Sunday, May 18, 2008

Green in the City


This shot was taken from the 2008 Green Festival at the Chicago Navy Pier! I know my posts have been infrequent lately, mainly because I haven't had much to post about except for the AP exam (which is over now). But one exciting thing I've been lucky enough to do was attend my first ever Green Festival.

The trip started in South Milwaukee, where a friend from school and I drove down to Kenosha (about a 45 minute ride). We'll call my friend "Sahara" to protect the innocent. We then boarded the Metra Rail, which is a very good deal at five dollars roundtrip with a weekend pass. So we got on.

"Is this the train to Chicago?" I asked a man sitting across from us.
"I hope so," was his reply.

After a slight leap of faith, we were on our way the Windy City and arrived after about two hours. On the way there, Sahara and I were completely fascinated to be on a train and spent most of the trip looking out the window, watching swampy forests give way to suburbs, which gave way to ghettos, which gave way to skyscrapers.

Now at the train station, we had one more method of transportation to experiment with--the bus. Since the bus stop was so crowded with Green Festival guests, we missed the first one but were able to board the next bus ten minutes later. The bus seemed quite like a downtown tour; it drove past the many skyscrapers, the Chicago River, and Millenium Park.


Finally, after almost four hours of transportation, we arrived at the Navy Pier. Being my first time at the Navy Pier, Sahara and I thought it would be a good idea to go on the ferris wheel. This is the view of Downtown from the top. Once we arrived at the actual festival, we were at first taken aback by the vastness of it. The main attraction was the expo, which was a massive series of stands with everything from fair trade chocolate to Nepalese paper to the Sierra Club. For lunch, I tried vegan empanadas, which were delicious. I'm not a vegan, but when in Rome...Still, you would never guess the empanadas contained no meat. For the rest of the afternoon, we explored the expo and tried a countless amount of free samples. The flax chips were one of the more unusual varieties. Everyone from the festival was so friendly! It was amazing to be around so many like-minded people for once. And everything around me was fascinating. When Sahara and I saw the stand with Tibetan prayer flags, we leaped (yes, leaped) in excitement. The prayer flags were my favorite souvenier, along with a shirt I bought that says "Coexist" inside a circle of symbols from different religions. This trip was a much needed break from the recent stress of studying, dramatic high school students, and work. I think the main thing it meant for me was independence, the ability to travel to a strange city without a parent or legal guardian. Being 16, it's hard to have access to traveling. Maybe since I took this trip without getting lost or missing a bus or train, I'll be able to go on similar trips in the future. I'm definitely hoping to attend next year's Green Festival to further explore the trends of being an eco-geek.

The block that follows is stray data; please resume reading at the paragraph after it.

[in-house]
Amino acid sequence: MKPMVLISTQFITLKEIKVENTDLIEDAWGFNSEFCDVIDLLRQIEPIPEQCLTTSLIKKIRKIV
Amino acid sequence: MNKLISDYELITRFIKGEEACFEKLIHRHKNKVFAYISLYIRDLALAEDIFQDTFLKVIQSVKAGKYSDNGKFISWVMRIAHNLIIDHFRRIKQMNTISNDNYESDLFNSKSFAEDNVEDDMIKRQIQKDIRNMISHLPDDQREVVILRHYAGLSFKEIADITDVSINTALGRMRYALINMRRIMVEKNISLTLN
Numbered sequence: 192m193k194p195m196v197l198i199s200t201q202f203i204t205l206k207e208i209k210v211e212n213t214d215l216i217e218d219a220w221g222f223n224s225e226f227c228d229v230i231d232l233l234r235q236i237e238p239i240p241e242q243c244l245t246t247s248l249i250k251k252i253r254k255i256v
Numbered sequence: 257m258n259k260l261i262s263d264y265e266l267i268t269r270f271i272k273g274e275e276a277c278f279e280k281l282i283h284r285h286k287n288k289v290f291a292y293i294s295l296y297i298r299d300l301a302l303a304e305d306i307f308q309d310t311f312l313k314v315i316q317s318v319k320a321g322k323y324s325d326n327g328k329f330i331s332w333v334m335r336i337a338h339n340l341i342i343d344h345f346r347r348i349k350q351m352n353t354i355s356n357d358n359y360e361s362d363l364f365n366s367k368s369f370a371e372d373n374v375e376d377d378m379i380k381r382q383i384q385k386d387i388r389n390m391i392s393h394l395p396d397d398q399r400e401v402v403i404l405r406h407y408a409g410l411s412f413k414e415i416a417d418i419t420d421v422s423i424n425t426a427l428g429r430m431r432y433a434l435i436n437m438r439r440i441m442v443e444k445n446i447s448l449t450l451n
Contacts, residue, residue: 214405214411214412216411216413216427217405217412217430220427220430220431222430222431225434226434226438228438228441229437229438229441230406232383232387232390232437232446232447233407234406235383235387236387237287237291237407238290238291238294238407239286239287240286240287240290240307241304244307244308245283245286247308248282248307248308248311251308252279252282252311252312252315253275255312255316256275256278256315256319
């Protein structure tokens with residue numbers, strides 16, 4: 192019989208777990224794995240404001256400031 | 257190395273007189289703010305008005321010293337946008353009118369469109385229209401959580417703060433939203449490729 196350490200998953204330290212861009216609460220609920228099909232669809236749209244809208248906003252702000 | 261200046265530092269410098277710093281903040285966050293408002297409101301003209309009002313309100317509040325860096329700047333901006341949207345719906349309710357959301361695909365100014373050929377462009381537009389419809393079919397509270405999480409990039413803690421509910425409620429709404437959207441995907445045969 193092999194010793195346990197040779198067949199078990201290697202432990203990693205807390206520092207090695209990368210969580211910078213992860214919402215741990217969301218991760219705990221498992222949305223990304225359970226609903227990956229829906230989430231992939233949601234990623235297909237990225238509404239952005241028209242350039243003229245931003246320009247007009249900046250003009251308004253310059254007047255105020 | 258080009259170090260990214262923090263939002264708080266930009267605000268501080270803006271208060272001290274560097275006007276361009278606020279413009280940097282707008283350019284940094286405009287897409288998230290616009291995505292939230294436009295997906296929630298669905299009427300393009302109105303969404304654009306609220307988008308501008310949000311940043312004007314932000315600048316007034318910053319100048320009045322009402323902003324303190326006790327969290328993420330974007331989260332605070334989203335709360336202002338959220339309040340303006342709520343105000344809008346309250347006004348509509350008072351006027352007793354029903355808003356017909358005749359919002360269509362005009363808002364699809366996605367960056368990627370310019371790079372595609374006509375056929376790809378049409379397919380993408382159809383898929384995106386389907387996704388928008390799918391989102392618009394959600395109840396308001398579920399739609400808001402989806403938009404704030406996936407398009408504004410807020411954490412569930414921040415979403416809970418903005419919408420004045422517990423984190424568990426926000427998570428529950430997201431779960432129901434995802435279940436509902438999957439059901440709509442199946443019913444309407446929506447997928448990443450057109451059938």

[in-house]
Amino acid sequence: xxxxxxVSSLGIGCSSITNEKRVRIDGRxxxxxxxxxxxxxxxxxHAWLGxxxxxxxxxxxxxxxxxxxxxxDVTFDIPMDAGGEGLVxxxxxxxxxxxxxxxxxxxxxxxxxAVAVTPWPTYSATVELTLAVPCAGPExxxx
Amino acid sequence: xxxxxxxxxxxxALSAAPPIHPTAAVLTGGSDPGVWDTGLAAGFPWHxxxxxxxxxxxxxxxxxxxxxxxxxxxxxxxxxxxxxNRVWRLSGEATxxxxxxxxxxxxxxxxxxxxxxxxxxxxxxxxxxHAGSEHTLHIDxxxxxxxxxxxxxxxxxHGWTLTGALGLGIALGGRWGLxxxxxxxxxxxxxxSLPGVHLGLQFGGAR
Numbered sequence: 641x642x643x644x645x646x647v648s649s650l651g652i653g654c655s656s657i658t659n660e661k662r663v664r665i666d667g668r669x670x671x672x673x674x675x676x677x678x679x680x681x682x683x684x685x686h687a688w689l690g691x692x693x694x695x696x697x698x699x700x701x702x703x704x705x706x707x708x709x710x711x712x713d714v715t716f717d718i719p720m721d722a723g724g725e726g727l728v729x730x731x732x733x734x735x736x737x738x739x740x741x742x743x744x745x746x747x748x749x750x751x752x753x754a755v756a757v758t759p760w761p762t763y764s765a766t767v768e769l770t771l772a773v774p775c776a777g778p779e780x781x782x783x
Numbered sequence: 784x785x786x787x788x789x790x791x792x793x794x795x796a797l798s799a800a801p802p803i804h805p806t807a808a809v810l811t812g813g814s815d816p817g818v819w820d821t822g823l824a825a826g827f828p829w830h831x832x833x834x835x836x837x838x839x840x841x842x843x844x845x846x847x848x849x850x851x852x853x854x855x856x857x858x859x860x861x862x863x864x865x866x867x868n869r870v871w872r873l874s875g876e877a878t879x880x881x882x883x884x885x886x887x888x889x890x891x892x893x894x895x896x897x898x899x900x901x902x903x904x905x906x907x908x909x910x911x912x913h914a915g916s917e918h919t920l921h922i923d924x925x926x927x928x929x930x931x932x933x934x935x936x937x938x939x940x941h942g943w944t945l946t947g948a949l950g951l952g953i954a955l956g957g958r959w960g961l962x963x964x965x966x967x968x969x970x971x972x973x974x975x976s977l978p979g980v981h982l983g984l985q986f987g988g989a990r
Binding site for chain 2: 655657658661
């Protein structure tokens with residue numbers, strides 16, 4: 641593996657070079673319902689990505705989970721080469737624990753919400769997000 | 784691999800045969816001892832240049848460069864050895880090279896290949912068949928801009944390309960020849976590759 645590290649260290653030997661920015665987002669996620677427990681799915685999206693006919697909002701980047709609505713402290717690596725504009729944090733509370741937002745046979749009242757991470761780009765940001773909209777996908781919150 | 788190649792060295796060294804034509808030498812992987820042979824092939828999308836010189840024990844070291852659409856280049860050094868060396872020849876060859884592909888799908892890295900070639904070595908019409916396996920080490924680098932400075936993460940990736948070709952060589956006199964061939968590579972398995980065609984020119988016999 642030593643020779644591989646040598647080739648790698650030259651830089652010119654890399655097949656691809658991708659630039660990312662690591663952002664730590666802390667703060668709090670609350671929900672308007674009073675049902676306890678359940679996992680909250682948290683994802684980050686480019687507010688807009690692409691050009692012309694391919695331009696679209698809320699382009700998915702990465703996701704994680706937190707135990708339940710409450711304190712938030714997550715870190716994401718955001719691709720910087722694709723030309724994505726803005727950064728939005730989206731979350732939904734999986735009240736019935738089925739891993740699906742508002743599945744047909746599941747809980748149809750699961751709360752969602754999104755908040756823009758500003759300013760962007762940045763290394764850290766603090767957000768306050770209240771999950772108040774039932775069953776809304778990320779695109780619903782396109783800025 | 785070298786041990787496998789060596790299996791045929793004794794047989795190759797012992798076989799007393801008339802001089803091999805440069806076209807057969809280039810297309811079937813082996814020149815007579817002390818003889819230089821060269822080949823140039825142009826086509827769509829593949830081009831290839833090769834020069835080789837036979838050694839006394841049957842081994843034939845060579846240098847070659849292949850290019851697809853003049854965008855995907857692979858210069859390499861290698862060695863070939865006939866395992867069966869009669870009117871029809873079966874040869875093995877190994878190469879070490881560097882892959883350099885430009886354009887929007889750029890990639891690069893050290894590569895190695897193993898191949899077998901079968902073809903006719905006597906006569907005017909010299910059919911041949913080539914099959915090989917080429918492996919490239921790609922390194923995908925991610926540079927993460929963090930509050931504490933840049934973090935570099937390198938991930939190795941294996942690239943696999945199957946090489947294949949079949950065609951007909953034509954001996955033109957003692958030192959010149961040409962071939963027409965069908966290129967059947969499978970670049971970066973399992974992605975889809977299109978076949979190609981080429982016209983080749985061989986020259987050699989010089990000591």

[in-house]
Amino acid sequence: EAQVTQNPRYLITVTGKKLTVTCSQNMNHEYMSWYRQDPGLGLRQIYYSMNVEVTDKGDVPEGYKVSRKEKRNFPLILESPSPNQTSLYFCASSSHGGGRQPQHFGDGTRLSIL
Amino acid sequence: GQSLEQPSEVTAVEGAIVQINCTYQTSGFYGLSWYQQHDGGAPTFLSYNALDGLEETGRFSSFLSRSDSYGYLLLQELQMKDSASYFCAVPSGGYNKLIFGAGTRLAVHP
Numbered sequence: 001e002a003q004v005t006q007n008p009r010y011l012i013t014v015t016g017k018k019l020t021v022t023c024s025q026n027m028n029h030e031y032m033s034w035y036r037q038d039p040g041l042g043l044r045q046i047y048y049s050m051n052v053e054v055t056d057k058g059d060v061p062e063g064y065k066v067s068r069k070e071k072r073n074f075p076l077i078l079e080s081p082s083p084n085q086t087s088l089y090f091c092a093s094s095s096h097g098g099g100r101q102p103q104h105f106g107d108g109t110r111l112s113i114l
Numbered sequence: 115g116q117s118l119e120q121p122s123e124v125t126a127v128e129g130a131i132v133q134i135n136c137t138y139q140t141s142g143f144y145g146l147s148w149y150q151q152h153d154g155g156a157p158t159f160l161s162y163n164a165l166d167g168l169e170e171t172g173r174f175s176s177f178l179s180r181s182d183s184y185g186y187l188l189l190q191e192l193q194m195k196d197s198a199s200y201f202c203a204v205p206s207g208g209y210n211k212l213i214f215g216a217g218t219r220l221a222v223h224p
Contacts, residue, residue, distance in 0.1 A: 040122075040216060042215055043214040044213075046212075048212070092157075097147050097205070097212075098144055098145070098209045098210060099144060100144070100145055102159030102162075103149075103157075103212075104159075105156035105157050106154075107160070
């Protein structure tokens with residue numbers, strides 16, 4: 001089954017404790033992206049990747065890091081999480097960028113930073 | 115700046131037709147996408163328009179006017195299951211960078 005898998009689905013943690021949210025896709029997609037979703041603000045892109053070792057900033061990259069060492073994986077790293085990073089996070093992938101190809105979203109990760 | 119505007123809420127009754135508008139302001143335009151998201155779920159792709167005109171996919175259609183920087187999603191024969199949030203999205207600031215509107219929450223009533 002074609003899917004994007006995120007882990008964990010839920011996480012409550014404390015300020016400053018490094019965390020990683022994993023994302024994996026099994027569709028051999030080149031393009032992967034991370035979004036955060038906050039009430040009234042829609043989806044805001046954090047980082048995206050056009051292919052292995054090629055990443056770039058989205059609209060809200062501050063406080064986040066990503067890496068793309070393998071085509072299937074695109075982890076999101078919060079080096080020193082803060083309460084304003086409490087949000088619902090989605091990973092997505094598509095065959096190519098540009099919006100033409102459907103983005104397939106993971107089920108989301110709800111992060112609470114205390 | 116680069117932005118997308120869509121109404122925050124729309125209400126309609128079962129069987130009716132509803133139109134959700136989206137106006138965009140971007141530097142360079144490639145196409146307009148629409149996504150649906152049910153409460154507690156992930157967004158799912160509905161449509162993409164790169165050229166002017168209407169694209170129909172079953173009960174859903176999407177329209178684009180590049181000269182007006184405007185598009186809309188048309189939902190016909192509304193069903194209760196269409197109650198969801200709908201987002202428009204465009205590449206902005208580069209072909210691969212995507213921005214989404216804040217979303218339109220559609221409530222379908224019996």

3 comments:

BlackenedBoy said...

I think it's so cool that you did this! When I was sixteen, I couldn't have even gotten to the nearest city by myself, let alone navigated my way to one of the biggest metropolitan areas in the country a state away.

Was the train ride your favorite part of the actual traveling? I hope you brought food.

It is a good feeling when you first do something like that; I remember the thrill I got at eighteen riding on the Marble City Metro and realizing that I could get around without anyone else's help.

I'm glad you had so much fun. You should try getting involved in environmental things back in Wisconsin.

Just out of curiosity, do you guys get winter there anymore?

Adam said...

It's funny you asked if the train ride was the best part of the traveling. I would say so; on the way there, we were so excited to be on a train and pointed out every little thing along the way, but on the way back we were so exhausted that we just wanted to get off. The bus was also interesting. It passed through a very neat area of downtown and was crowded with other Green Festival people.

I'm starting to look into environmental volunteer work here in Wisconsin. It's just a process of narrowing things down. We do get a winter here, which can be pretty nasty but not as bad as New England or Colorado. The past ten years or so have been really mild, but this year we usually had close to two feet on the ground at any point in time. It made for some amazing snow forts.

amloompa21 said...

I think it was a mark of just how excited we were on the train ride there, that every time we exclaimed "Look! Water!", we could hear that three-year-old below us saying the exact same things.

I think we should still look into starting an environmental group maybe over the summer, or into the beginning of next year. Even if we just started off with a small project, and slowly let them get bigger, we could do pretty well with that kind of thing.

You should put up a picture of your peace flags for your next entry. By the way..you said "the 2007 Green Festival"....last time I checked, it was 2008